The esteemed coach Ken Niumatololo, in his 12th season, went to halftime with one of the hardest, quirkiest coaching tasks: talking to a team trailing 38-3. (“Yeah, a lot of psychological stuff,” he said, soon adding, “We were all in shell shock.”) The margin grew to 45-3 before settling.
No. 16 Notre Dame romped around the field with precision and merriment. Chase Claypool, its wide receiver from the unexpected yet enviable home area of British Columbia, made four touchdown catches of high skill and variety on passes from quarterback Ian Book, himself a case of high skill and variety.
The Midshipmen (7-2) spilled fumbles, four of them. The Irish (8-2) collected fumble recoveries: one for Asmar Bilal, one for Jaron Jones, one for Drew White and a closing Notre Dame score for linebacker Paul Moala, as reward for invading the backfield early in the fourth quarter and flicking a pitch eventually to himself for a 27-yard touchdown return. Malcolm Perry, the admirable Navy quarterback, fumbled thrice, even if two came through defensive quickness, with one through a messy fake handoff.
All told, it grew necessary during the game to remind yourself that it featured two ranked teams, with Navy entering at No. 23 in the College Football Playoff selection committee’s estimation. A promising game full of ranked teams ended with Notre Dame Coach Brian Kelly saying, “Fun day,” and with Navy having spent this good season earning a right to be disappointed.
Unlike last year, when Notre Dame roared to a 27-0 lead against a downtrodden Navy, the Midshipmen brought momentum this time and still wound up with a halftime during which, Niumatololo said, “Heads are hanging.” His team had just squeezed out a field goal at the first-half horn to draw within 38-3. A faint cheer had wafted from the Navy band on the other side of the stadium, which with 74,080 witnesses saw the first non-sellout here since Thanksgiving Day 1973.
It became one of those days that makes a strong person say, “It’s beautiful about this sport, and the beautiful thing about life is, always new opportunities, right?” That’s how center Ford Higgins put it as Navy rolls on back into American Athletic Conference play and senior day next week against SMU.
“Yeah, we’ve been playing so well and got a lot of good things going on this year,” Niumatololo said. “We just — coming into this game we had a lot of momentum, and we definitely didn’t see that coming. So it was a shell shock to me, to all of us. And you know, that starts with me, and they obviously hit us in the lips, and we couldn’t respond.”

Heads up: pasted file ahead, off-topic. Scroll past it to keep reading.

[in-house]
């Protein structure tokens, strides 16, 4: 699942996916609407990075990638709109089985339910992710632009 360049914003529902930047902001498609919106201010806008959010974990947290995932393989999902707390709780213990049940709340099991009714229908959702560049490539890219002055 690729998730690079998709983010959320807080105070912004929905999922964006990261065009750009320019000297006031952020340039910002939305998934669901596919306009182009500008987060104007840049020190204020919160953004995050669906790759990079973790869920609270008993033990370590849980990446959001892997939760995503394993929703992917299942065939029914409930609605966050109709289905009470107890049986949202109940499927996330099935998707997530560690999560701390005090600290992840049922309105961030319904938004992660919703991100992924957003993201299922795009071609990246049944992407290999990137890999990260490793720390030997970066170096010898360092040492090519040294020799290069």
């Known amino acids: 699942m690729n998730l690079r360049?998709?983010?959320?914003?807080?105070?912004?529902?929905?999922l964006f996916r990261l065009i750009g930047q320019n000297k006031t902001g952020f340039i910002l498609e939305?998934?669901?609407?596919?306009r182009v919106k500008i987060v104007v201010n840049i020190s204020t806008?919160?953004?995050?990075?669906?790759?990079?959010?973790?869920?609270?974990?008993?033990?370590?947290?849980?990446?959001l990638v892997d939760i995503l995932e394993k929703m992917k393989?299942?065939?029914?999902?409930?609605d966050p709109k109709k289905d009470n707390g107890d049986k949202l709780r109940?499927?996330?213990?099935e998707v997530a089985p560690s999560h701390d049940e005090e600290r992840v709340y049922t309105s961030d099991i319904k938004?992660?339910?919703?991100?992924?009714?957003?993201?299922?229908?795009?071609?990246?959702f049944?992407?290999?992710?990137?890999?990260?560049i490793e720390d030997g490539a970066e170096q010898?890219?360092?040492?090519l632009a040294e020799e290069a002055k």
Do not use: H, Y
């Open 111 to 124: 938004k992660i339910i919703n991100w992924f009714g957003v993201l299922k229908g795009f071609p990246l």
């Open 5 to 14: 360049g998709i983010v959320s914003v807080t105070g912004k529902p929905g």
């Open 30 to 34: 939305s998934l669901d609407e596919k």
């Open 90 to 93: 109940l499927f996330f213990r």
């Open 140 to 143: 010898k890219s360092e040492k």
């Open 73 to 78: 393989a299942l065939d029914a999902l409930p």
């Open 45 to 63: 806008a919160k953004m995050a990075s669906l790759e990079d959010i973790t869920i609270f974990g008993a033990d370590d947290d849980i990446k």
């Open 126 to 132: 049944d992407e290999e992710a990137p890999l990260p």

It sent him rummaging for old boxing terminology. “They, like, hit us with the overhand right, and we were dazed the rest of the game, you know,” Niumatololo said. “And we didn’t respond very well. You know, we haven’t been in that situation this year, and we were dazed the whole game, and to their credit, a lot of it was them.”
The overhand right began straightaway. Notre Dame went 75 yards in 11 plays. Book started his path to 14 for 20 and five touchdown passes — all in duty limited to the first half and just one series of the second — by throwing the ball around accurately: to Claypool on the right, to Chris Finke in the middle, to Claypool through the middle for a simple seven-yard touchdown. Book even improvised for the crucial play of the trip, his 15-yard scramble up the right sideline on third and 16, which set up a fourth and one, which the Irish converted easily with Tony Jones Jr. bulling forward.
The Irish led 7-0, but all right, then Navy got the ball, kept it for 11 plays and traveled to the Notre Dame 24-yard line. It’s just that on the 11th play, the leaks began to spring. Perry took the snap and turned to his left, and as he prepared to pitch to CJ Williams, Notre Dame defensive lineman Khalid Kareem appeared right behind Perry with unhelpful intent.
Kareem hugged Perry and plucked the ball out. On the next Navy possession, with the score by then 14-0, Kareem reached through a blocker to pluck the ball away from Perry again. Three more Navy possessions, the score by then 31-0, and Perry lost the ball while withdrawing it from his fullback. By then, it seemed fumbles were rolling around the floor all over the place as they would in a wee-hour nightmare.
“We had to play almost perfect to beat these guys,” Perry said, “and fumbling doesn’t help you beat anybody. I take ownership of that. And, yeah, the fumbles hurt. . . . Turning the ball over is not something that we do here at Navy. We can’t afford that.” They had come in with a turnover margin of plus-one, a pretty good 57th in the country, and left at minus-three.
Meanwhile, Notre Dame receivers roamed the prairies. On the play that made things 14-0, a 47-yard pass from Book to Claypool, who caught seven passes for 117 yards, Claypool said, “We knew it was a mismatch or a miscommunication of some sort” from right around the snap. And so: “I was running down the field with a smile on my face before the ball was even thrown.”
It felt like snowballing, even if athletes described it in the way they must, to maintain confidence. “I wouldn’t say things were snowballing,” Navy linebacker Nizaire Cromartie said. “I just thought they were getting good plays, and a mix-up here, an absence of coverage over here, absence of getting to the ball when you rush the Q, that’s definitely going to hurt.” Said linebacker Paul Carothers: “I was not sitting there thinking about how this got away from us. It was like, What are they going to do on this play? What’s my position doing, if I was out there or I wasn’t out there?”
They did that to the end, when the teams joined in one stadium corner and then the other for the two school songs, then the Midshipmen moved along to the rest of the season because life always brings new opportunities. They will try to expunge from mind a day of which Niumatololo said, “They kicked us in the teeth, kicked us in the gut,” and, for Navy, those things again felt strange.